January 26, 2023
Part One: Sound The Alarm! Winnipeg’s Heritage Is Burning Down
Ever since Winnipeg started building up, fires have been burning the city down. Some fires are small, with the structure quickly rebuilt even grander than before, while some fires are huge, leaving a gap in the streetscape that persists for a century or more. And some fires are tragic, far worse than just a building being lost, people are lost, lives that cannot be replaced. In this winter season, Winnipeg has seen a number of factors converging with destructive and sometimes deadly results. How do we save our heritage buildings from going up in flames? How do we keep our city safe?
One of the worst fires in Winnipeg’s history started on the night of October 11th, 1904 in the basement of the Bulman Block at 218 Bannatyne Avenue. It is suspected that a stray spark from the furnace ignited paper and started the fire, but no one will ever know for sure. In no time, the building, full of highly-flammable chemicals used for the lithography and print business it housed, was a complete loss. But the fire did not stop there – a strong breeze would cause a cascade of disasters. Only 25 minutes after the initial fire had been spotted in the Bulman Block, the flames leapt across Bannatyne Avenue to the Ashdown Hardware Store at 211 Bannatyne Avenue (now the McKim Building), setting it ablaze. Little could be done to dampen this fire as the store was full of kerosene, gun cartridges and gun powder cans, all haphazardly exploding, keeping firefighters at bay.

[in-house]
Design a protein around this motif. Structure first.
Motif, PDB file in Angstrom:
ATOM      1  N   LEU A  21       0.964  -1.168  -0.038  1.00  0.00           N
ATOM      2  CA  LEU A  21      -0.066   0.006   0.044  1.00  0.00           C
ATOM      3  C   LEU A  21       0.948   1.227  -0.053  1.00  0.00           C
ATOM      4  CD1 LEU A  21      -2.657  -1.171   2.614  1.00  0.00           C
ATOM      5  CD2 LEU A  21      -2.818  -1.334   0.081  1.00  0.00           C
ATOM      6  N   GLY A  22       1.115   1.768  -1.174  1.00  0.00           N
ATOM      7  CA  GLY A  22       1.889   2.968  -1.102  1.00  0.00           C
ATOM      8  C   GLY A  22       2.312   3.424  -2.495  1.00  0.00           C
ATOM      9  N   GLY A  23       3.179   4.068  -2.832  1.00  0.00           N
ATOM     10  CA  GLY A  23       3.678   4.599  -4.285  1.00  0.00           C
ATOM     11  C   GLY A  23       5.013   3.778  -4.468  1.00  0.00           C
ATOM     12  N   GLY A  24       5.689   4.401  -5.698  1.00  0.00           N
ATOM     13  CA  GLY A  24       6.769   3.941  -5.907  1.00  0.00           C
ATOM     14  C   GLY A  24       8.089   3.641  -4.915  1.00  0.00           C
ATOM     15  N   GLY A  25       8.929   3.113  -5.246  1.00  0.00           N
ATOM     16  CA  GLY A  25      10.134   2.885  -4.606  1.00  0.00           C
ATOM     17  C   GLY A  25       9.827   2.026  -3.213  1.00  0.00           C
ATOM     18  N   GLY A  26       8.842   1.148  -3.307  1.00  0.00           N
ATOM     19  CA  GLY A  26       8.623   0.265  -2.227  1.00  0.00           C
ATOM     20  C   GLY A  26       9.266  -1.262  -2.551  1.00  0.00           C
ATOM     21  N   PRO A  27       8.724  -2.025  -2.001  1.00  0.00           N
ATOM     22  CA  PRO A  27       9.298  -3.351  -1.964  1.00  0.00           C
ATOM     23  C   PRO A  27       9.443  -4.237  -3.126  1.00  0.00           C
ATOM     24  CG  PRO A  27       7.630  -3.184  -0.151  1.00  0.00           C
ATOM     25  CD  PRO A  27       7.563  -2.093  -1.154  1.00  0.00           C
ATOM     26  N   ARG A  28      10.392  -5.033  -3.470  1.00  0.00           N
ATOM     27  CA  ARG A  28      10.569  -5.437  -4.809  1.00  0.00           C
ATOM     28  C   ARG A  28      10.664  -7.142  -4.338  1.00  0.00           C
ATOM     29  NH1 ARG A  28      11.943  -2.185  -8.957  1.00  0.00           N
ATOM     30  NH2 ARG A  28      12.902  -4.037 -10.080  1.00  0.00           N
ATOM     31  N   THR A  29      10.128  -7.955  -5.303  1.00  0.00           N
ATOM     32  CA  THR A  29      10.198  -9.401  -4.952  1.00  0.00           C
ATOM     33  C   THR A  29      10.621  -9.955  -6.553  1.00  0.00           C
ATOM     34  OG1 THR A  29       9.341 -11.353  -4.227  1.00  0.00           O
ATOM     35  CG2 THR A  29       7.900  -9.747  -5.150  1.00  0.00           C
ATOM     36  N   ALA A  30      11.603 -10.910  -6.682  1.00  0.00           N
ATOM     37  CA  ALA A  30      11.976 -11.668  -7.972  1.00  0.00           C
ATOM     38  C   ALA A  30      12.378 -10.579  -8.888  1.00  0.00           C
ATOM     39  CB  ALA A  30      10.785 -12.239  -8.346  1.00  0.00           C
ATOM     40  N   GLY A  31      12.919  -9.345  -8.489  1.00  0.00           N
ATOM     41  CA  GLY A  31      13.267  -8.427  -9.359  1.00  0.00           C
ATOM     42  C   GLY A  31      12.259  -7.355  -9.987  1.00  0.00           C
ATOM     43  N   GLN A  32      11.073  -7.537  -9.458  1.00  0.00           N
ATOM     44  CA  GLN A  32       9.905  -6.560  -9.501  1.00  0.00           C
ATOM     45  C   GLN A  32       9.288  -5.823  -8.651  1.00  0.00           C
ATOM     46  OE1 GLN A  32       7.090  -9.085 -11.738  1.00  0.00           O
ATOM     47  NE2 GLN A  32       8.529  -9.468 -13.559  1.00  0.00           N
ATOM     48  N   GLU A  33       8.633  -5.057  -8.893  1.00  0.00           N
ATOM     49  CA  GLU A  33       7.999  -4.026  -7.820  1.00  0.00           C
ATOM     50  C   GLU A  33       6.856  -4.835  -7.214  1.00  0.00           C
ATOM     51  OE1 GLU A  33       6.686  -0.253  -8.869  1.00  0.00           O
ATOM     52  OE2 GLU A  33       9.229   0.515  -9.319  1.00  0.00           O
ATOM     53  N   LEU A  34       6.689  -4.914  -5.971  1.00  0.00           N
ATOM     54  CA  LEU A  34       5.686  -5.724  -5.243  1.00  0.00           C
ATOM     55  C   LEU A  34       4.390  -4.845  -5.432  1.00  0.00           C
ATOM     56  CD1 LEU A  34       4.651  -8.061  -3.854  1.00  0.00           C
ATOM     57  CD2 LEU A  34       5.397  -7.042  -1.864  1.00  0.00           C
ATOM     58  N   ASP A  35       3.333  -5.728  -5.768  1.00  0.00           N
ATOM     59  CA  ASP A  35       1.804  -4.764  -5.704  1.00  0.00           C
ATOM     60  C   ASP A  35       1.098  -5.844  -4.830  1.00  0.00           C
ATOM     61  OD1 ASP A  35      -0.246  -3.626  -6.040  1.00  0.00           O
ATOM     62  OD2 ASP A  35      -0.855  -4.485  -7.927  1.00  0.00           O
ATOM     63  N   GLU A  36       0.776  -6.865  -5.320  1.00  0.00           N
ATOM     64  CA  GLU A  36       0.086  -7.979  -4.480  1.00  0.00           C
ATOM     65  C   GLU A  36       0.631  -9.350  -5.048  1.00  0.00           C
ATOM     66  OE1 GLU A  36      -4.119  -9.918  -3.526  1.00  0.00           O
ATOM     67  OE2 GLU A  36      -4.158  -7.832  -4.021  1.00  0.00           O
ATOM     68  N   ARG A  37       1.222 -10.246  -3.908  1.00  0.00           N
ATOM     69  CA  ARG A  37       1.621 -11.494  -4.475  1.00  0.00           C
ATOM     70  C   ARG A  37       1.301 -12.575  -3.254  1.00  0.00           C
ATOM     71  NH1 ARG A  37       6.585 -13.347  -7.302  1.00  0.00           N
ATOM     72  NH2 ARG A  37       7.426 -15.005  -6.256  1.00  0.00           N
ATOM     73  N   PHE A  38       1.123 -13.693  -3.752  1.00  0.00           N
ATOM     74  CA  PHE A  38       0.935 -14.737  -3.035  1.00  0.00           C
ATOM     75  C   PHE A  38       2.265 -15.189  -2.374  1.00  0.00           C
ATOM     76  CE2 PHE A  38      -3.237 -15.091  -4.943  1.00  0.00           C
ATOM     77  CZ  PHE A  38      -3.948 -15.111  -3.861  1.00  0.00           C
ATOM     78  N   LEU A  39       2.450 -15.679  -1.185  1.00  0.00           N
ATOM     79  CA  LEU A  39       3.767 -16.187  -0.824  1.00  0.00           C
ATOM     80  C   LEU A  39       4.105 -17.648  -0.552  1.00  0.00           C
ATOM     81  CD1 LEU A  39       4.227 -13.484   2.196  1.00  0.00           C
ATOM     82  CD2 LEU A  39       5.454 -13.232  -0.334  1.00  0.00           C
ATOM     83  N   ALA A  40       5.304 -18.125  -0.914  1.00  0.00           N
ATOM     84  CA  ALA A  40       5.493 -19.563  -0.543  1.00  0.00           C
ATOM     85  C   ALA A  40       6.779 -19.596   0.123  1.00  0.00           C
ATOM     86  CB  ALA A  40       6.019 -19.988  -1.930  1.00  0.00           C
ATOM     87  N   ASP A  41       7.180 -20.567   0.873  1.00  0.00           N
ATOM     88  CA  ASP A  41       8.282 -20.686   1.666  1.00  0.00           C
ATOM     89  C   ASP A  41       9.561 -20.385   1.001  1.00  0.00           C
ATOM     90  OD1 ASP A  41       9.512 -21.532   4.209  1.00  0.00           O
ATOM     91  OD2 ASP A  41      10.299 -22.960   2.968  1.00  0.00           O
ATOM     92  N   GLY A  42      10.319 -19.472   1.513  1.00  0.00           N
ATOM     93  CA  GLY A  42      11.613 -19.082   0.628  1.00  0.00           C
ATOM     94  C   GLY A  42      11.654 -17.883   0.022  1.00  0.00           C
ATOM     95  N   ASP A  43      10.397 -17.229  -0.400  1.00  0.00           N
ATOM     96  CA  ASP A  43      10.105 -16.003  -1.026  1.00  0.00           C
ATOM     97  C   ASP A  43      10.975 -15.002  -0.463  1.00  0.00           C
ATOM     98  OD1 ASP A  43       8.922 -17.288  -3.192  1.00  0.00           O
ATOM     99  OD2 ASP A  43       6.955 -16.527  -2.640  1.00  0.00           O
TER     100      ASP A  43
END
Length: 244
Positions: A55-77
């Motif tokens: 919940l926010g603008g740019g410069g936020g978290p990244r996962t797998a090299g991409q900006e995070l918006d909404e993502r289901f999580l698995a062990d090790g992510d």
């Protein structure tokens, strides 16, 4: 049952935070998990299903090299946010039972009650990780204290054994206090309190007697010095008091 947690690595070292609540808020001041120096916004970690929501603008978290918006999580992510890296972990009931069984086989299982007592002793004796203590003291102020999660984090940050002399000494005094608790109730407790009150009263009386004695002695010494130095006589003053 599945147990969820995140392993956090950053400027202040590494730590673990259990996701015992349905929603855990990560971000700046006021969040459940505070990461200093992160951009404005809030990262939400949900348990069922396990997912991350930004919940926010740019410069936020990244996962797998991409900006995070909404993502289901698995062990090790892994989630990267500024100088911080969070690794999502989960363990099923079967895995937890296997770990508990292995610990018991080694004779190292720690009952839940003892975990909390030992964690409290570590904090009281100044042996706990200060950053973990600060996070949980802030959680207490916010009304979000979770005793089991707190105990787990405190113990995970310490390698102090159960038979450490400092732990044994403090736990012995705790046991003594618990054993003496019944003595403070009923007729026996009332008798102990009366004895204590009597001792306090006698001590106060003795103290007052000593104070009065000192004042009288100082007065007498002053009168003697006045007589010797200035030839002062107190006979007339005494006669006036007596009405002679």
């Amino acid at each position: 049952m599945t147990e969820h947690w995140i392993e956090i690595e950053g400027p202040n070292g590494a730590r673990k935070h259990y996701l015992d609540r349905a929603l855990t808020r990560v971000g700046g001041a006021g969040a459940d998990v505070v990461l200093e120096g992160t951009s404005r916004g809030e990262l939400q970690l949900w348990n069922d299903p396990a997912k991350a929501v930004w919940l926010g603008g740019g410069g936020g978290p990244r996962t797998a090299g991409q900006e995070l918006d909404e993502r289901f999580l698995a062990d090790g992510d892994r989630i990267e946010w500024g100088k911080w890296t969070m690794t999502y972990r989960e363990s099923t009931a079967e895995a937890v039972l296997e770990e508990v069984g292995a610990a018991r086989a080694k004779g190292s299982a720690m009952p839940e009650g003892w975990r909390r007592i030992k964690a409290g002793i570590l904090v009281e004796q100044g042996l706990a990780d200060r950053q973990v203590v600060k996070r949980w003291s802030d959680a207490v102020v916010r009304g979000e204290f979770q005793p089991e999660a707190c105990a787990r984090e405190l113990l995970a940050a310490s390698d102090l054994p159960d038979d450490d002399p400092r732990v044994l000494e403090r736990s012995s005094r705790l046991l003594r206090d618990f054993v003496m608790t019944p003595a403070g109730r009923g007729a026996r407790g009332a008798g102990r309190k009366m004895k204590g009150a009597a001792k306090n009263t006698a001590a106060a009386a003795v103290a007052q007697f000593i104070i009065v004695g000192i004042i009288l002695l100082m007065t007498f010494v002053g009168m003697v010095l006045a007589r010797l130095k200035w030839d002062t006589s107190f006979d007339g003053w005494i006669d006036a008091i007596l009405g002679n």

Chaos erupted as more buildings caught fire, including the Woodbine Hotel at 466 Main Street, a refreshment stand at the corner of Arthur Street and Albert Street, a small Italian restaurant just north of the Ashdown Hardware Store and the Maw Block at 280 William Avenue. People scrambled to gather their belongings and escape the many buildings – including Fire Hall No. 1 at 110 Albert Street – that were threatened by the flames while others joined fire fighters in the battle. Walls began to collapse, shaking the ground as all of Winnipeg seemed to have arrived to gawk in awe at the ever growing inferno. Only lasting about two hours, the fire caused hundreds of thousands of dollars of damage, with four structures (Bulman Block, Ashdown Hardware Store, the refreshment stand and the Italian restaurant) being a complete loss and countless other buildings sustaining damage. Later, Ashdown’s was rebuilt bigger and better, while the Bulman Block sadly became a surface parking lot!
Although no lives had been lost in the fire itself, later that year 133 people died of typhoid fever from contaminated river water, pumped into Winnipeg’s domestic water system as water pressure was failing during the Bulman Block fire. The lack of high pressure water available had also almost resulted in the tower of Fire Hall No. 1 at 110 Albert Street catching fire as the stream from the hydrant did not have enough strength to reach the top. This would become the catalyst for the construction of the 1906 James Avenue Pumping Station at 109 James Avenue, a world class facility that was capable of pumping over 9000 gallons of water a minute at 300 pounds per square inch. Equipment upgrades for the fire department were also made at this time, as the 1904 fire had demonstrated the existing equipment was simply not sufficient to effectively extinguish such large flames.